Retro Love: Grand Theft Auto 2

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Retro Love: Grand Theft Auto 2

Rockstar’s crimetastic Grand Theft Auto series is one of gaming’s most controversial. Which, natch, also makes it one of the most popular. What with the shit-your-pants success of the fifth installment, and the ongoing drama of its PC edition, good ol’ GTA is still making headlines.

So this week, our humble retro column is taking a look back at the second game. Scrape the congealing hunks of Elvis impersonator off of your windshield, give the Zaibatsu the middle finger and buckle up for some Grand Theft Auto, 1999 style.

Grand Theft Auto 2 hit the PC and PlayStation that year, and was a huge effing step further for the original’s free-roamy sandbox gameplay. This was during the series’ nuts to a plot era, so the setup is simple: you’re Claude Speed, a lowlife criminal. You’re wanged straight into the downtown area of ‘Anywhere, USA’ and tasked with achieving a certain score. This will let you pass into the next district, the game’s sprawling levels.

Sure, you can cruise the streets and rampage freely as you wish. Commandeer a taxi and collect fares in an odd almost-law-abiding sort of minigame, steal an ice cream truck and go on the slowest, most hilarious one-man crime spree you ever saw, the choice is yours. Free roaming is the name of the game, but the actual ‘purpose’ is to complete missions.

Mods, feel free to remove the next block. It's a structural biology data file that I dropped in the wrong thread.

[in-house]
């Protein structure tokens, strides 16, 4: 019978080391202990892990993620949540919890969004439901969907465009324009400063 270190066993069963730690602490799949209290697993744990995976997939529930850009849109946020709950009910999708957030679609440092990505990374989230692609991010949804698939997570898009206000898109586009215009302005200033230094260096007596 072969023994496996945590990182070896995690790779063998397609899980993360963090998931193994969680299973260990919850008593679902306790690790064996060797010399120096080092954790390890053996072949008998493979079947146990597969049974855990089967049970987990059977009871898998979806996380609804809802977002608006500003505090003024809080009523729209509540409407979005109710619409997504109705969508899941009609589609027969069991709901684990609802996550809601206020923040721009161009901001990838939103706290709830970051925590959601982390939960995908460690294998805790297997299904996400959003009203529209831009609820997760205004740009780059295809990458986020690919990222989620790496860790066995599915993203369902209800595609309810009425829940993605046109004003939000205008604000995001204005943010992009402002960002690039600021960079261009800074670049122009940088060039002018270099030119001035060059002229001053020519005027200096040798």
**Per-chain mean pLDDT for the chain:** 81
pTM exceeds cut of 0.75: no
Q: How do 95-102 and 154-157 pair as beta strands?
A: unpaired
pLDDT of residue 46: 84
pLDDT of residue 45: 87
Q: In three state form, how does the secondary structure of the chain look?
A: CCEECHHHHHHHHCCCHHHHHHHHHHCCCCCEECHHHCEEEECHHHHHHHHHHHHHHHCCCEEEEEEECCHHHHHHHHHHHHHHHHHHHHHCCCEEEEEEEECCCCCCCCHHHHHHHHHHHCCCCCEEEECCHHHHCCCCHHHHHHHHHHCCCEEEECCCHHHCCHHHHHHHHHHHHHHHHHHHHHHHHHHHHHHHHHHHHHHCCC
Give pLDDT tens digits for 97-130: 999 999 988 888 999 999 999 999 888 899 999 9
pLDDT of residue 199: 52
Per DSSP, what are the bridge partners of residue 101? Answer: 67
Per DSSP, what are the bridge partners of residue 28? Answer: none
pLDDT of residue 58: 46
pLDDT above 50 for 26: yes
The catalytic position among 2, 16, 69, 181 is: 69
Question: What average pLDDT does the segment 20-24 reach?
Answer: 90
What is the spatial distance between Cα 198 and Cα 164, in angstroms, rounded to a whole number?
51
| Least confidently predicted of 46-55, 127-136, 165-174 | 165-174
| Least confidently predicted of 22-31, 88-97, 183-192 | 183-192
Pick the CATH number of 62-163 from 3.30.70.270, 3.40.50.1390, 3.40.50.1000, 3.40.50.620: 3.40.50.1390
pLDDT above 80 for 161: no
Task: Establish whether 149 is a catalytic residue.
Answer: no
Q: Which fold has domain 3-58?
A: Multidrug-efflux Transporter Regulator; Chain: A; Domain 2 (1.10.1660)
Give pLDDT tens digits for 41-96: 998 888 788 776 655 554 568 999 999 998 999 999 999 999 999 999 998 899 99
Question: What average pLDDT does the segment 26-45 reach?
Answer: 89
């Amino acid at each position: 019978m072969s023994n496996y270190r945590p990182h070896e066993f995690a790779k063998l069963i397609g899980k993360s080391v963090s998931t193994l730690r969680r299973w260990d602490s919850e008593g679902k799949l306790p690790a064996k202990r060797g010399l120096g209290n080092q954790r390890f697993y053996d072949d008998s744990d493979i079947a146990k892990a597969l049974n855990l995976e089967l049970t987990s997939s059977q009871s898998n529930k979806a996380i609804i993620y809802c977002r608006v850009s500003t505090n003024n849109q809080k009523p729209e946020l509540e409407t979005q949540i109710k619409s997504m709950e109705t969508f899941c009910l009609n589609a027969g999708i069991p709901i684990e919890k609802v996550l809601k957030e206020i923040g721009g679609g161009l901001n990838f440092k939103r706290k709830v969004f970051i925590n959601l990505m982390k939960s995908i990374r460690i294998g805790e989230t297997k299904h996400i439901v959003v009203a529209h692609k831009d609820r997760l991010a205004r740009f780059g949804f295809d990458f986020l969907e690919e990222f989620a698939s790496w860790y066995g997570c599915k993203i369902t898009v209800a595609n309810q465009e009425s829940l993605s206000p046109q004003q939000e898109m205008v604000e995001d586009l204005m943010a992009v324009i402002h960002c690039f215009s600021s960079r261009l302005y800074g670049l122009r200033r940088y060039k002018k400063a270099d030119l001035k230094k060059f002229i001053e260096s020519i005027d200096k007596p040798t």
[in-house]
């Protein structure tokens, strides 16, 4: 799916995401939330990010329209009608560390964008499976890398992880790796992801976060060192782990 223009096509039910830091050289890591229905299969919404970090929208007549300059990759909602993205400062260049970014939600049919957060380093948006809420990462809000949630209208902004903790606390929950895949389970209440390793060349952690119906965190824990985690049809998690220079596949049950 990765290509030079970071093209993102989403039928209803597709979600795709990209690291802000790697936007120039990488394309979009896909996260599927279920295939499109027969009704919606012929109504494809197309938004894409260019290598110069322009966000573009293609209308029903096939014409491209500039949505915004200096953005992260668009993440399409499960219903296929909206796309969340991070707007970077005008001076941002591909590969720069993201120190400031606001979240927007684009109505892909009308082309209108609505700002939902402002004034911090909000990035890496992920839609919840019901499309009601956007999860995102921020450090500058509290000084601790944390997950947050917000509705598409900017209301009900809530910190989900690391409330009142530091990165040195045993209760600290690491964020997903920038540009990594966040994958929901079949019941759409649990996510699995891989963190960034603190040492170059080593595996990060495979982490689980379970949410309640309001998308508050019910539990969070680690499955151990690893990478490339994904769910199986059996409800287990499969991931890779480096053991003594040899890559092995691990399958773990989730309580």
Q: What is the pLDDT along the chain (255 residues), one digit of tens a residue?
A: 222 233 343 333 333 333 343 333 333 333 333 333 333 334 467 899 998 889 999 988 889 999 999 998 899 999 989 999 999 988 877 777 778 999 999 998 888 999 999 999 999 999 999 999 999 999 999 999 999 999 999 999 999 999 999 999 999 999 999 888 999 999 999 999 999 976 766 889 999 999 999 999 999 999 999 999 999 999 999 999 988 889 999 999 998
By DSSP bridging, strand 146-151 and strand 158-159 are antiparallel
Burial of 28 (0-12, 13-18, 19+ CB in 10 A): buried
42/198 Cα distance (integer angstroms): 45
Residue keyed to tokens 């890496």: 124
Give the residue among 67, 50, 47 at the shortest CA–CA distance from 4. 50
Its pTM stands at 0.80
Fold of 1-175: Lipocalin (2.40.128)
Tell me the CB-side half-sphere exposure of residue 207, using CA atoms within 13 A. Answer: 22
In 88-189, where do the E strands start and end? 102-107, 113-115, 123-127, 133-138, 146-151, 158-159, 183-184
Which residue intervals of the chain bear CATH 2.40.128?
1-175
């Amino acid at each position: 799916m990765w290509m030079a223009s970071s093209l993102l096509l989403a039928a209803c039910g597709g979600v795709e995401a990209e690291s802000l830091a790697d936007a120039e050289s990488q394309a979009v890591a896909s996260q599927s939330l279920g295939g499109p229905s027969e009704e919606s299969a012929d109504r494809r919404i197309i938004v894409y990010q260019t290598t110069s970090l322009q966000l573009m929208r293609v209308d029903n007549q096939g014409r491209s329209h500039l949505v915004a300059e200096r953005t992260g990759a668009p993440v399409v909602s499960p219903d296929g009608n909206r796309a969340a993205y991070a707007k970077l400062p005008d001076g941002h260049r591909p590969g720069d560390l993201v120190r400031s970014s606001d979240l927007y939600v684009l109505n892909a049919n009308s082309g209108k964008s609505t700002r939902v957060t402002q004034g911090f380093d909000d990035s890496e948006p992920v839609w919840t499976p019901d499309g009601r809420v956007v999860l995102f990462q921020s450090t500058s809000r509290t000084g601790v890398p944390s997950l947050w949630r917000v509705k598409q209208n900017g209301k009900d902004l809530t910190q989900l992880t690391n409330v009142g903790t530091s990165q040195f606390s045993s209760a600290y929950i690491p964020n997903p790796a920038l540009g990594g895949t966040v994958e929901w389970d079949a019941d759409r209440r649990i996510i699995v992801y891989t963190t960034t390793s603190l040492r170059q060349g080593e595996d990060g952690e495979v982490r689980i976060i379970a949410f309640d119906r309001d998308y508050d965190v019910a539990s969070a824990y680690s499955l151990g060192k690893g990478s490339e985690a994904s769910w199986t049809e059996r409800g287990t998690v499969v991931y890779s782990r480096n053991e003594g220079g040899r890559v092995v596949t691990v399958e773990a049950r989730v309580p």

These are assigned to you by one of the area’s criminal syndicates when you visit their hideouts. They might have you take out a rival mobster, grab a certain type of car, deliver some drugs, all kinds of shady doings. Completing your objective will earn you that gang’s respect, and so elevate your status in their ranks. It’ll also piss off their rivals, and so ensure you a frosty reception in the others’ area of town.

So far, nothing new to Grand Theft Auto veterans. But the sequel does so much to add to that living, breathing city feel that became essential to the later games. The pedestrians have purposes of their own, places to go. Criminals have shootouts with police and rival gangs, and carjackers and muggers ply their dirty trade on the streets right alongside you.

Whether you’re batting for the Zaibatsu, the Yakuza, the Loonies or the Rednecks (complete with Confederate flag), Grand Theft Auto 2 is a much more interactive and involving experience. Kill frenzies, those Elvis dudes, the fancy garages for equipping mines, rocket launchers and other ACME products to your car… This was the series’ last 2D effort, and it really sent that style out with a bang.

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